Are you the family caregiver for a developmentally disabled loved one? Were you aware that March is Developmental Disabilities Awareness Month? This month is to raise awareness about the importance of inclusion for children, adolescents and adults with developmental disabilities, and to celebrate the unique strengths and vital contributions of these individuals.
Right now, as the parent of a developmentally disabled child, you have the legal right to make all medical and financial decisions for your minor child. These decisions are often delegated by you to a caregiver who you have hired. Nevertheless, you, as the parent, have the final say and should closely supervise the caregiver.
With that said, did you know that once a developmentally disabled child attains age 18 a parent no longer has the legal right to delegate these duties to the child’s caregiver. This is why it is best for the parent of a developmentally disabled child who has recently attained age 18 to request the circuit court to appoint the parent as the guardian advocate for the child. The court appointed parent can then legally delegate to the caregiver those rights that can be overseen and legally supervised by the parent.
So what exactly does having a developmental disorder mean? It means having a disorder or syndrome that is attributable to intellectual disability, cerebral palsy, autism, spina bifida, or Prader-Willi syndrome; that manifests before the age of 18; and that constitutes a substantial handicap that can reasonably be expected to continue indefinitely. With this information a circuit court may appoint a guardian advocate, without an adjudication of incapacity, for a person with developmental disabilities, if the person lacks the decision making ability to do some, but not all, of the decision making tasks necessary to care for his or her person or property or if the person has voluntarily petitioned for the appointment of a guardian advocate.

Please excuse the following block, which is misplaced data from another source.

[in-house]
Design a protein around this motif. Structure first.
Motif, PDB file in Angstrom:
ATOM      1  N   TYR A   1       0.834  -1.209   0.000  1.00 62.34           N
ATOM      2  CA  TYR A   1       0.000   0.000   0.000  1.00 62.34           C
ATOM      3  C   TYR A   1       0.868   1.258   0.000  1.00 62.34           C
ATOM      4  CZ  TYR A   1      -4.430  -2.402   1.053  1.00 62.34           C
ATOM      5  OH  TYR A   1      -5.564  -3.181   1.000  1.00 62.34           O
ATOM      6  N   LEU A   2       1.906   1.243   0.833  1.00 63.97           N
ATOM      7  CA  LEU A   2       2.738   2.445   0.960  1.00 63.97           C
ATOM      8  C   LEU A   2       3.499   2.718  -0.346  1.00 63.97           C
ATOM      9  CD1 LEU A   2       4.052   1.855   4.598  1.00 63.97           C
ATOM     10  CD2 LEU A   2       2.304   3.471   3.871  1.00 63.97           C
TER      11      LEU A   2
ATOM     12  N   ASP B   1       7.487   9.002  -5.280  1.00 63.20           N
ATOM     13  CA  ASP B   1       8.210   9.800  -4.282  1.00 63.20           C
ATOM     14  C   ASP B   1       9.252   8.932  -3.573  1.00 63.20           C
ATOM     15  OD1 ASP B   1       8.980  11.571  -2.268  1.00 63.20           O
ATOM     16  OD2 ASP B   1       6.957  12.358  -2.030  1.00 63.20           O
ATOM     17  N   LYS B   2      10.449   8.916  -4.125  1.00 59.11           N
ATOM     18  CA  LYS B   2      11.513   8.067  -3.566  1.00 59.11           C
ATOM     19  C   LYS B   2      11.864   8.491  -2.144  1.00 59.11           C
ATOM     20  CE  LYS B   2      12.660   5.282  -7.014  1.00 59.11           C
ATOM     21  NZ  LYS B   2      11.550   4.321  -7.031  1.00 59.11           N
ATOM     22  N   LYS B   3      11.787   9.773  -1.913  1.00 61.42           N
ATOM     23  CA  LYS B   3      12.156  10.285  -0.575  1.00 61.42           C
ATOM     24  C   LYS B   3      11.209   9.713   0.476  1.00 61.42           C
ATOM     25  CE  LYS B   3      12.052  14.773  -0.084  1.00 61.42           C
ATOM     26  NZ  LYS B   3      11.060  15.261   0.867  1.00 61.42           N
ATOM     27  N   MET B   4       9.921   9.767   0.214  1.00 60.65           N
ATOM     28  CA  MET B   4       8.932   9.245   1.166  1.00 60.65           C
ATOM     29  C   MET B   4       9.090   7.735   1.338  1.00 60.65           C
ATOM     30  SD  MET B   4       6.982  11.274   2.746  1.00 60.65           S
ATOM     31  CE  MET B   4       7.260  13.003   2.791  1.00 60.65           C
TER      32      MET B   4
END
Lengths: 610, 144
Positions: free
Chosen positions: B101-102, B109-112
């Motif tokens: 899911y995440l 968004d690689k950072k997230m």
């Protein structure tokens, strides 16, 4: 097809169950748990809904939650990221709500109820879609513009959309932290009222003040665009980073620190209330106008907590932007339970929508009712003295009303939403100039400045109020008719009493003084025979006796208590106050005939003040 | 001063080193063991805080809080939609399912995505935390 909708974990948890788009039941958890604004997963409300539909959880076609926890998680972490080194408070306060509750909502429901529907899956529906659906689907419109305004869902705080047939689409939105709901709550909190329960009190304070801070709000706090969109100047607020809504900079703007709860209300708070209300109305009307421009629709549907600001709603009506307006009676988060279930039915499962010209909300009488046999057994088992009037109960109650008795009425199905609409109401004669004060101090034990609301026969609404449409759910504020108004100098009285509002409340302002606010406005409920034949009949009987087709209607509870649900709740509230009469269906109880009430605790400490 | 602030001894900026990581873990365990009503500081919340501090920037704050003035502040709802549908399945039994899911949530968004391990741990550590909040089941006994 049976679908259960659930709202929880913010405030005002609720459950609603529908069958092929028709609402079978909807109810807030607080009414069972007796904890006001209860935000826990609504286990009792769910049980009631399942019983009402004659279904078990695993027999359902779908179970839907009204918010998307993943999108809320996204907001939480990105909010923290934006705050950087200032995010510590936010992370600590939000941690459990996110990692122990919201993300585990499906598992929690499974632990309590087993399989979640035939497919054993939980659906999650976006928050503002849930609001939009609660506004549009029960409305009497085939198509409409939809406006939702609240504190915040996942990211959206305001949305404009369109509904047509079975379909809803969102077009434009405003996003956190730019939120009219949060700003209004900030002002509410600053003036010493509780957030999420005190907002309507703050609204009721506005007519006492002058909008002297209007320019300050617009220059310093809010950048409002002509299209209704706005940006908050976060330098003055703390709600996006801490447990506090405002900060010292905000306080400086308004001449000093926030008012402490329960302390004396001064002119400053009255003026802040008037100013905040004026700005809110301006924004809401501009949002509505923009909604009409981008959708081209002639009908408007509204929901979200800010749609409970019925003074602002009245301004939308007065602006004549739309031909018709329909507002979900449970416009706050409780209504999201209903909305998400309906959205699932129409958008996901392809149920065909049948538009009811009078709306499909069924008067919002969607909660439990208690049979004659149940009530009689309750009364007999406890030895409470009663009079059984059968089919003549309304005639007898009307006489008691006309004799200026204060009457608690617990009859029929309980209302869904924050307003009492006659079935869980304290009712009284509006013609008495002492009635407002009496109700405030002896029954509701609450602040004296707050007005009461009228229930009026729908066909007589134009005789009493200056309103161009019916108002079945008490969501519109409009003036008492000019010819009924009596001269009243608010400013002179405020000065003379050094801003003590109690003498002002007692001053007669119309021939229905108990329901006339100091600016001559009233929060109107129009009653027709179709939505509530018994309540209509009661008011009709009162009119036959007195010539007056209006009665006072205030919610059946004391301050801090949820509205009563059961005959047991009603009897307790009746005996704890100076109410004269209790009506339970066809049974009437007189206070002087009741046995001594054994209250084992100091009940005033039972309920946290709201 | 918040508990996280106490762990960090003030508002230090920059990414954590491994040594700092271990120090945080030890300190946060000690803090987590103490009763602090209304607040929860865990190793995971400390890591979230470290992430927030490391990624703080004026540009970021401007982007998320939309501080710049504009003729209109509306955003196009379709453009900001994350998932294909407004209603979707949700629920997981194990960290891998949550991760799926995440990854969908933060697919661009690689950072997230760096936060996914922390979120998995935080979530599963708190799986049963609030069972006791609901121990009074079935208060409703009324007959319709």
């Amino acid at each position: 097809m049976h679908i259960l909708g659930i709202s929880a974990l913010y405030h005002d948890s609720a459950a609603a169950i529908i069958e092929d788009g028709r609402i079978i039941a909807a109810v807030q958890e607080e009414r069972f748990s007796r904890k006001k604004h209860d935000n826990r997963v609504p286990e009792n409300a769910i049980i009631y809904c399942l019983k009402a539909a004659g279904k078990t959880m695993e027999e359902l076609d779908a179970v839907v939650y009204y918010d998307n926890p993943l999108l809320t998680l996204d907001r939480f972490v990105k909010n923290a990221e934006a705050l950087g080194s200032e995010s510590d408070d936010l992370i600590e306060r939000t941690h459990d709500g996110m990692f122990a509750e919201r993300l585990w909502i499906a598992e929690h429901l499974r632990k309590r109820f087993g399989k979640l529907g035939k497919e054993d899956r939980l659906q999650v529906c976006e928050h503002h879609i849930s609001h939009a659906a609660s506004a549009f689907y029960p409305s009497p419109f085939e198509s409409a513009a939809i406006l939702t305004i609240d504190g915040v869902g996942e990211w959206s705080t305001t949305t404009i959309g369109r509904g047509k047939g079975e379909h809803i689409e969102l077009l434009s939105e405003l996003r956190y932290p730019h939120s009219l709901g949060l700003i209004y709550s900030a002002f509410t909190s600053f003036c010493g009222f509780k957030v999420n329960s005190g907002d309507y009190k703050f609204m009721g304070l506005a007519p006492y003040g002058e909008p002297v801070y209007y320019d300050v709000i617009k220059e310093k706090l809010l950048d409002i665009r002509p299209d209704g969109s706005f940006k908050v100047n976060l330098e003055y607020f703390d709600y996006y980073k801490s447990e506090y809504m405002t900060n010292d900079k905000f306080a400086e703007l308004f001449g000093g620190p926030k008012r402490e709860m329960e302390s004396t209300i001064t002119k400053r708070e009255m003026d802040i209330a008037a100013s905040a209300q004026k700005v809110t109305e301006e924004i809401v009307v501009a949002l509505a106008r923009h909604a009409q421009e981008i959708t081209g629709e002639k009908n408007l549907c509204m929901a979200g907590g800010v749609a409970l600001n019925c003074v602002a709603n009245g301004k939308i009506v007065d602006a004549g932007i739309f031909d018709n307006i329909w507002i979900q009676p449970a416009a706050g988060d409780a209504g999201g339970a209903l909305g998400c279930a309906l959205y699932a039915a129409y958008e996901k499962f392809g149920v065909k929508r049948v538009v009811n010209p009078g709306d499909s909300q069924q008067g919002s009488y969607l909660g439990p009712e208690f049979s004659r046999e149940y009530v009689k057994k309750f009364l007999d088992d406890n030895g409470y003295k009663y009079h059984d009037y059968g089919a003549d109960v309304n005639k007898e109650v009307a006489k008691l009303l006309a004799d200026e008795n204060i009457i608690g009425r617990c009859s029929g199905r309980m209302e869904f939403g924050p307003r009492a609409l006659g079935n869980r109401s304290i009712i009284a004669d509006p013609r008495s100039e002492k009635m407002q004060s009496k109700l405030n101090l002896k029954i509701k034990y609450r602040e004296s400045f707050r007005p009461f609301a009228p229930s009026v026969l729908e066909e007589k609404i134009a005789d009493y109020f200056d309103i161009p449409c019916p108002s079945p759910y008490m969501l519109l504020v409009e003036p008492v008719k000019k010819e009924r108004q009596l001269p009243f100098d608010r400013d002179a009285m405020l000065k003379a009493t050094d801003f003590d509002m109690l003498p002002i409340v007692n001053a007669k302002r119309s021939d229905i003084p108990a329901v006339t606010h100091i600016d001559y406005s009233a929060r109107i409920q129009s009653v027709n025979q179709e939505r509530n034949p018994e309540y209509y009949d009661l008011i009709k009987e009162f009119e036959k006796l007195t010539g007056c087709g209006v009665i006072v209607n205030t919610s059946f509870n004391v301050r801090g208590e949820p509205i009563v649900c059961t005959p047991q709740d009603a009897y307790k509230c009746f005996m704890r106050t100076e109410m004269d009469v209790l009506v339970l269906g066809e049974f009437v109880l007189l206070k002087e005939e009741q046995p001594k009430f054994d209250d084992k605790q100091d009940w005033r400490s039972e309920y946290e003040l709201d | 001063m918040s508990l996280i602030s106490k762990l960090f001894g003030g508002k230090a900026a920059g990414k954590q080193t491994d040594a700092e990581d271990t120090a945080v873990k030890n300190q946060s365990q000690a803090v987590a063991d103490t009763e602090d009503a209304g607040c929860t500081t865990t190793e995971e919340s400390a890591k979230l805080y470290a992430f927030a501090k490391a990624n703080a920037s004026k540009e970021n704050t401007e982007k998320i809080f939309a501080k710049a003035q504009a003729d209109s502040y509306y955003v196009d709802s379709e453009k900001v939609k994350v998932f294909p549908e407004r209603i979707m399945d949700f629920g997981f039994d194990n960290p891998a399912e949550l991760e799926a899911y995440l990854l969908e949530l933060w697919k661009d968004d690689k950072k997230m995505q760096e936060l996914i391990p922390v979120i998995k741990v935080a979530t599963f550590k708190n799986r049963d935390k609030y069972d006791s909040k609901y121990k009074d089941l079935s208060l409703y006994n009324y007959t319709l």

Now, if the person with a developmental disability has executed an advance directive or durable power of attorney, the circuit judge must consider and find whether the documents will sufficiently address the needs of the person with a developmental disability for whom the guardian advocate is sought. However, a guardian advocate may not be appointed if the court finds that the advance directive or durable power of attorney provides an alternative to the appointment of a guardian advocate which will sufficiently address the needs of the person with a developmental disability.
Be aware that if an advance directive exists, the court shall specify in its order and letters of guardian advocacy what authority, if any, the guardian advocate shall exercise over the person’s health care surrogate. Also, the court upon its own motion, may, with notice to the health care surrogate, modify or revoke the authority of the health care surrogate to make health care decisions for the person with a developmental disability. Also, if any durable power of attorney exists, the circuit judge shall specify in its order and letters of guardian advocacy what powers of the agent, if any, are suspended and granted to the guardian advocate.
Planning for the future is critical to ensure that your goals for the end of life are achieved. We know this article may raise more questions that it answers. We do telephone, computer, and face-to-face appointments. Our face-to-face appointments are held outside in the open air (frequently selected by clients for document signing) and inside our office conference room. We follow all CDC guidelines. Our office procedures adhere to COVID-19 safety protocols and are designed and enhanced by medical review and air quality engineering.